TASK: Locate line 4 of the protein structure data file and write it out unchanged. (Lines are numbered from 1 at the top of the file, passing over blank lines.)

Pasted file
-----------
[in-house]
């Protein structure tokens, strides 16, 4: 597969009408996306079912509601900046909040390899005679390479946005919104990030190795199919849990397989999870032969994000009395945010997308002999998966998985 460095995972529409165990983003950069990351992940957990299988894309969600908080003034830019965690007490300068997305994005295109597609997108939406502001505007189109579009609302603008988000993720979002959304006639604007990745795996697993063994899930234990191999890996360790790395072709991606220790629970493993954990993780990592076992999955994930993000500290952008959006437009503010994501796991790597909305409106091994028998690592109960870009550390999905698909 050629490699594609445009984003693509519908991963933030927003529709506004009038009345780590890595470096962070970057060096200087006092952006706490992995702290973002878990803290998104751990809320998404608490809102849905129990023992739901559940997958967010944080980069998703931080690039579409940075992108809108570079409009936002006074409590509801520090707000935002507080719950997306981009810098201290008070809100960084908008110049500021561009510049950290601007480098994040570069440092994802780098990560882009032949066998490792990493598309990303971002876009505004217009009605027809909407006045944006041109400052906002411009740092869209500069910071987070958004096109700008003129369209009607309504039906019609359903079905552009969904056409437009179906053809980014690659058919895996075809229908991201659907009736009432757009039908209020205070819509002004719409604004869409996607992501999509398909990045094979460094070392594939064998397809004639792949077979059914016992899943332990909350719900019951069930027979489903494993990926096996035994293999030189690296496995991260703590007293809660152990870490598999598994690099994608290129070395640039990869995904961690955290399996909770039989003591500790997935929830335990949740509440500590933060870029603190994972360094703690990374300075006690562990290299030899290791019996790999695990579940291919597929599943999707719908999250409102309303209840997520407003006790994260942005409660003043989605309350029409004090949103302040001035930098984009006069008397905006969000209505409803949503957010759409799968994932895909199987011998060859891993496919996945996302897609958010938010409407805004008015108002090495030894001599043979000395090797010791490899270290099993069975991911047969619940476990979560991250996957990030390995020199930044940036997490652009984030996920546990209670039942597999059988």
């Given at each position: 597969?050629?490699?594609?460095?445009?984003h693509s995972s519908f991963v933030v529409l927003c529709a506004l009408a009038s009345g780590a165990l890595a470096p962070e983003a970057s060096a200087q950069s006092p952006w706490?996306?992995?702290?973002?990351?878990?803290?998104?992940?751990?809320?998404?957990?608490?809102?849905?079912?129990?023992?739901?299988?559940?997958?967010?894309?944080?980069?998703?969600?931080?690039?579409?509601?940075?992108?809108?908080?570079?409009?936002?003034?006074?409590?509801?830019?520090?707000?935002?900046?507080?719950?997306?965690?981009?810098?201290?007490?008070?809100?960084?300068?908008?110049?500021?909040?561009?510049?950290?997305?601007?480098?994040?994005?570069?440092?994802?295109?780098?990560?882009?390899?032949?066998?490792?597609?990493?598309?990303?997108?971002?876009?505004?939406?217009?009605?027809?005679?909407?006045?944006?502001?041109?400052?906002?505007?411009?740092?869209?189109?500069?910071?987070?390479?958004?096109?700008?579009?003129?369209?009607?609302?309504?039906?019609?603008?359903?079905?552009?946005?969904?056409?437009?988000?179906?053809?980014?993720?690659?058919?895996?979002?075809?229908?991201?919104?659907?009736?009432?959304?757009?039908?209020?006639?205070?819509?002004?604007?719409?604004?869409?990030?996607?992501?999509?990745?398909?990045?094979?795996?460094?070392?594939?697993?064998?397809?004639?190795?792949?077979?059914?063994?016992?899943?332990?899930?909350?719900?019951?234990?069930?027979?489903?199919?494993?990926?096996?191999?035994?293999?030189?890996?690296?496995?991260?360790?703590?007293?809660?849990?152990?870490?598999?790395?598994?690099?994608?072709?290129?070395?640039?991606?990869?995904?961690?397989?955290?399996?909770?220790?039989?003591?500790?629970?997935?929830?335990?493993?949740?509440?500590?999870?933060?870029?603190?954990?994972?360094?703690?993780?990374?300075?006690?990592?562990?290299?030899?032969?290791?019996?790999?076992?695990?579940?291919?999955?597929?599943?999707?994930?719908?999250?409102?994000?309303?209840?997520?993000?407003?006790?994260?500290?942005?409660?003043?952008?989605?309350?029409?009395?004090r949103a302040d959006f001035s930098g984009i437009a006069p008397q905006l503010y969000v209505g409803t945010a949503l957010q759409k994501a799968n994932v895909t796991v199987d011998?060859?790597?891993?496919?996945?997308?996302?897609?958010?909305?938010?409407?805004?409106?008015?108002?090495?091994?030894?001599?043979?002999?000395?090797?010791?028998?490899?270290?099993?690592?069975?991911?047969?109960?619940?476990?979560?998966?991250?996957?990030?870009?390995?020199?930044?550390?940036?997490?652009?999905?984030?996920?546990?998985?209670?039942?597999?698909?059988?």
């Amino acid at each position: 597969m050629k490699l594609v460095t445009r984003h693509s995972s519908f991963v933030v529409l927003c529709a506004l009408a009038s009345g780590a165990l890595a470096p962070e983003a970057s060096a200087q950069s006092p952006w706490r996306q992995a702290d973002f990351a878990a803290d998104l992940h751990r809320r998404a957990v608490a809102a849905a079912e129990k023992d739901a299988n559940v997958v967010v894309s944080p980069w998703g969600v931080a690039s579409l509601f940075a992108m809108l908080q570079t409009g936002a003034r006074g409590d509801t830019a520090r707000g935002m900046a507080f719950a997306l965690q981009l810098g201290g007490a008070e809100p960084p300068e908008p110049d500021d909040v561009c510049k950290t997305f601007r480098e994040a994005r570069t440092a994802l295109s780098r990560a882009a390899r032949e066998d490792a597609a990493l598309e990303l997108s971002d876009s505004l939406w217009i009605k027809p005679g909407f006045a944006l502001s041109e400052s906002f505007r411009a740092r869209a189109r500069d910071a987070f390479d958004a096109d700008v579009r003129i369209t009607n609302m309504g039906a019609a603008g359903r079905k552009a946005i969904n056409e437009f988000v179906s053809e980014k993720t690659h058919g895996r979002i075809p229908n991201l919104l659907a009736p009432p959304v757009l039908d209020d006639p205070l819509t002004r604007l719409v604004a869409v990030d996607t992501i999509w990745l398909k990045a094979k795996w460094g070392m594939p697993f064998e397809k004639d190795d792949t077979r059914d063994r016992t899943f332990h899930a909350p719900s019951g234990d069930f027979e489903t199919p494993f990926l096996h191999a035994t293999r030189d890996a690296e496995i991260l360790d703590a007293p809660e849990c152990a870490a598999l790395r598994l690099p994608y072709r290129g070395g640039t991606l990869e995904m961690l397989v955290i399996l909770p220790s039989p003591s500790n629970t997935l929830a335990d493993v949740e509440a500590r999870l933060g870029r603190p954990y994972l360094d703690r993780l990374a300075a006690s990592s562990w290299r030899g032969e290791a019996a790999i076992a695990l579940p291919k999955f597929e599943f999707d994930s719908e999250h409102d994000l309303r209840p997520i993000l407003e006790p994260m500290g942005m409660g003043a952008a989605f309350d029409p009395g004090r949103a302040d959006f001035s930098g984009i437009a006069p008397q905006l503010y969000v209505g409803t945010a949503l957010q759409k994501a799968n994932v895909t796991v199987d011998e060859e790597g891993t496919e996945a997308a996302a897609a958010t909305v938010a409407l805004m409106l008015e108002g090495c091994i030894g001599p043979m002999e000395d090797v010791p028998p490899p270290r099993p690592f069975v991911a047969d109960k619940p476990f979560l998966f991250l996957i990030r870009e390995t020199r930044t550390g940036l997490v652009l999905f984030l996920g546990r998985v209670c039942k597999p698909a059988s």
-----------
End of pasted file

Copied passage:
């Amino acid at each position: 597969m050629k490699l594609v460095t445009r984003h693509s995972s519908f991963v933030v529409l927003c529709a506004l009408a009038s009345g780590a165990l890595a470096p962070e983003a970057s060096a200087q950069s006092p952006w706490r996306q992995a702290d973002f990351a878990a803290d998104l992940h751990r809320r998404a957990v608490a809102a849905a079912e129990k023992d739901a299988n559940v997958v967010v894309s944080p980069w998703g969600v931080a690039s579409l509601f940075a992108m809108l908080q570079t409009g936002a003034r006074g409590d509801t830019a520090r707000g935002m900046a507080f719950a997306l965690q981009l810098g201290g007490a008070e809100p960084p300068e908008p110049d500021d909040v561009c510049k950290t997305f601007r480098e994040a994005r570069t440092a994802l295109s780098r990560a882009a390899r032949e066998d490792a597609a990493l598309e990303l997108s971002d876009s505004l939406w217009i009605k027809p005679g909407f006045a944006l502001s041109e400052s906002f505007r411009a740092r869209a189109r500069d910071a987070f390479d958004a096109d700008v579009r003129i369209t009607n609302m309504g039906a019609a603008g359903r079905k552009a946005i969904n056409e437009f988000v179906s053809e980014k993720t690659h058919g895996r979002i075809p229908n991201l919104l659907a009736p009432p959304v757009l039908d209020d006639p205070l819509t002004r604007l719409v604004a869409v990030d996607t992501i999509w990745l398909k990045a094979k795996w460094g070392m594939p697993f064998e397809k004639d190795d792949t077979r059914d063994r016992t899943f332990h899930a909350p719900s019951g234990d069930f027979e489903t199919p494993f990926l096996h191999a035994t293999r030189d890996a690296e496995i991260l360790d703590a007293p809660e849990c152990a870490a598999l790395r598994l690099p994608y072709r290129g070395g640039t991606l990869e995904m961690l397989v955290i399996l909770p220790s039989p003591s500790n629970t997935l929830a335990d493993v949740e509440a500590r999870l933060g870029r603190p954990y994972l360094d703690r993780l990374a300075a006690s990592s562990w290299r030899g032969e290791a019996a790999i076992a695990l579940p291919k999955f597929e599943f999707d994930s719908e999250h409102d994000l309303r209840p997520i993000l407003e006790p994260m500290g942005m409660g003043a952008a989605f309350d029409p009395g004090r949103a302040d959006f001035s930098g984009i437009a006069p008397q905006l503010y969000v209505g409803t945010a949503l957010q759409k994501a799968n994932v895909t796991v199987d011998e060859e790597g891993t496919e996945a997308a996302a897609a958010t909305v938010a409407l805004m409106l008015e108002g090495c091994i030894g001599p043979m002999e000395d090797v010791p028998p490899p270290r099993p690592f069975v991911a047969d109960k619940p476990f979560l998966f991250l996957i990030r870009e390995t020199r930044t550390g940036l997490v652009l999905f984030l996920g546990r998985v209670c039942k597999p698909a059988s």